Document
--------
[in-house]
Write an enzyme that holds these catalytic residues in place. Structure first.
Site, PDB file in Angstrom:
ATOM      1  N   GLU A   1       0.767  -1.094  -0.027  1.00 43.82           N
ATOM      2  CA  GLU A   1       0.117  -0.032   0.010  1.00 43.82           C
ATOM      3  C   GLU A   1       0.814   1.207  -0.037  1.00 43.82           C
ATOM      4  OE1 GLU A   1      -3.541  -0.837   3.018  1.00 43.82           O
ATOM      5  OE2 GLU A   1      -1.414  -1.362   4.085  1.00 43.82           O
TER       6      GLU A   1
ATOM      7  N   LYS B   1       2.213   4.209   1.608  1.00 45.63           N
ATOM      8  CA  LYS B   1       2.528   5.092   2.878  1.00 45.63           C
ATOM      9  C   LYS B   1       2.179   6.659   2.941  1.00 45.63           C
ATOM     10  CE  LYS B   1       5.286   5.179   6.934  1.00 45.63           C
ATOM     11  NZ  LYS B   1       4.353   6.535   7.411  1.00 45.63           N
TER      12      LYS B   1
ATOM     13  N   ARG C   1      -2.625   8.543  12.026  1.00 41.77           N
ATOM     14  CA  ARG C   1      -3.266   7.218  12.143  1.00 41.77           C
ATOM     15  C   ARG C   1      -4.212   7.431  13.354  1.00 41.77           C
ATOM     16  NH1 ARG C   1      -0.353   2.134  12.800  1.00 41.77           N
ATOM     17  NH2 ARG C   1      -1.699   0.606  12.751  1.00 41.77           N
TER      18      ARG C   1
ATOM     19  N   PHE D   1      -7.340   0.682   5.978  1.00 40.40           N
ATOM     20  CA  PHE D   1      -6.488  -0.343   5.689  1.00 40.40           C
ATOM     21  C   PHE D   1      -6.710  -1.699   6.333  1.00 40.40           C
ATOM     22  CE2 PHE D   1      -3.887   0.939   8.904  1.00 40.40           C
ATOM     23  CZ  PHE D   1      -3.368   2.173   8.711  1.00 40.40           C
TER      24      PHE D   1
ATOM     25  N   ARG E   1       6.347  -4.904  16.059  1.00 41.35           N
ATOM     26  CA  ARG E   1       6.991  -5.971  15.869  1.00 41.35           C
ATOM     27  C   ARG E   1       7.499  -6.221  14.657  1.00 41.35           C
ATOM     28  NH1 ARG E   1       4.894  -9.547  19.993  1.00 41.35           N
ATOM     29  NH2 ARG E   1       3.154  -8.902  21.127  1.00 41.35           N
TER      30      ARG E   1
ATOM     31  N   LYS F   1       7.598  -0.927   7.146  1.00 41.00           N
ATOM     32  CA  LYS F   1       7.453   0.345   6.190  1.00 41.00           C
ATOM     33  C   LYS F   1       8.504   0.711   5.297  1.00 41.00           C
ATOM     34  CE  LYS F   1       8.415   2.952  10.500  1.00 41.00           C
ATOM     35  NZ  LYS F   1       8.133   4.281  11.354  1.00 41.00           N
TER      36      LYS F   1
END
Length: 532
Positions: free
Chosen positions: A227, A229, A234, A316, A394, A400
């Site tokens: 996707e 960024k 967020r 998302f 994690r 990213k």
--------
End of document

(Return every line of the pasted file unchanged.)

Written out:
[in-house]
Write an enzyme that holds these catalytic residues in place. Structure first.
Site, PDB file in Angstrom:
ATOM      1  N   GLU A   1       0.767  -1.094  -0.027  1.00 43.82           N
ATOM      2  CA  GLU A   1       0.117  -0.032   0.010  1.00 43.82           C
ATOM      3  C   GLU A   1       0.814   1.207  -0.037  1.00 43.82           C
ATOM      4  OE1 GLU A   1      -3.541  -0.837   3.018  1.00 43.82           O
ATOM      5  OE2 GLU A   1      -1.414  -1.362   4.085  1.00 43.82           O
TER       6      GLU A   1
ATOM      7  N   LYS B   1       2.213   4.209   1.608  1.00 45.63           N
ATOM      8  CA  LYS B   1       2.528   5.092   2.878  1.00 45.63           C
ATOM      9  C   LYS B   1       2.179   6.659   2.941  1.00 45.63           C
ATOM     10  CE  LYS B   1       5.286   5.179   6.934  1.00 45.63           C
ATOM     11  NZ  LYS B   1       4.353   6.535   7.411  1.00 45.63           N
TER      12      LYS B   1
ATOM     13  N   ARG C   1      -2.625   8.543  12.026  1.00 41.77           N
ATOM     14  CA  ARG C   1      -3.266   7.218  12.143  1.00 41.77           C
ATOM     15  C   ARG C   1      -4.212   7.431  13.354  1.00 41.77           C
ATOM     16  NH1 ARG C   1      -0.353   2.134  12.800  1.00 41.77           N
ATOM     17  NH2 ARG C   1      -1.699   0.606  12.751  1.00 41.77           N
TER      18      ARG C   1
ATOM     19  N   PHE D   1      -7.340   0.682   5.978  1.00 40.40           N
ATOM     20  CA  PHE D   1      -6.488  -0.343   5.689  1.00 40.40           C
ATOM     21  C   PHE D   1      -6.710  -1.699   6.333  1.00 40.40           C
ATOM     22  CE2 PHE D   1      -3.887   0.939   8.904  1.00 40.40           C
ATOM     23  CZ  PHE D   1      -3.368   2.173   8.711  1.00 40.40           C
TER      24      PHE D   1
ATOM     25  N   ARG E   1       6.347  -4.904  16.059  1.00 41.35           N
ATOM     26  CA  ARG E   1       6.991  -5.971  15.869  1.00 41.35           C
ATOM     27  C   ARG E   1       7.499  -6.221  14.657  1.00 41.35           C
ATOM     28  NH1 ARG E   1       4.894  -9.547  19.993  1.00 41.35           N
ATOM     29  NH2 ARG E   1       3.154  -8.902  21.127  1.00 41.35           N
TER      30      ARG E   1
ATOM     31  N   LYS F   1       7.598  -0.927   7.146  1.00 41.00           N
ATOM     32  CA  LYS F   1       7.453   0.345   6.190  1.00 41.00           C
ATOM     33  C   LYS F   1       8.504   0.711   5.297  1.00 41.00           C
ATOM     34  CE  LYS F   1       8.415   2.952  10.500  1.00 41.00           C
ATOM     35  NZ  LYS F   1       8.133   4.281  11.354  1.00 41.00           N
TER      36      LYS F   1
END
Length: 532
Positions: free
Chosen positions: A227, A229, A234, A316, A394, A400
């Site tokens: 996707e 960024k 967020r 998302f 994690r 990213k």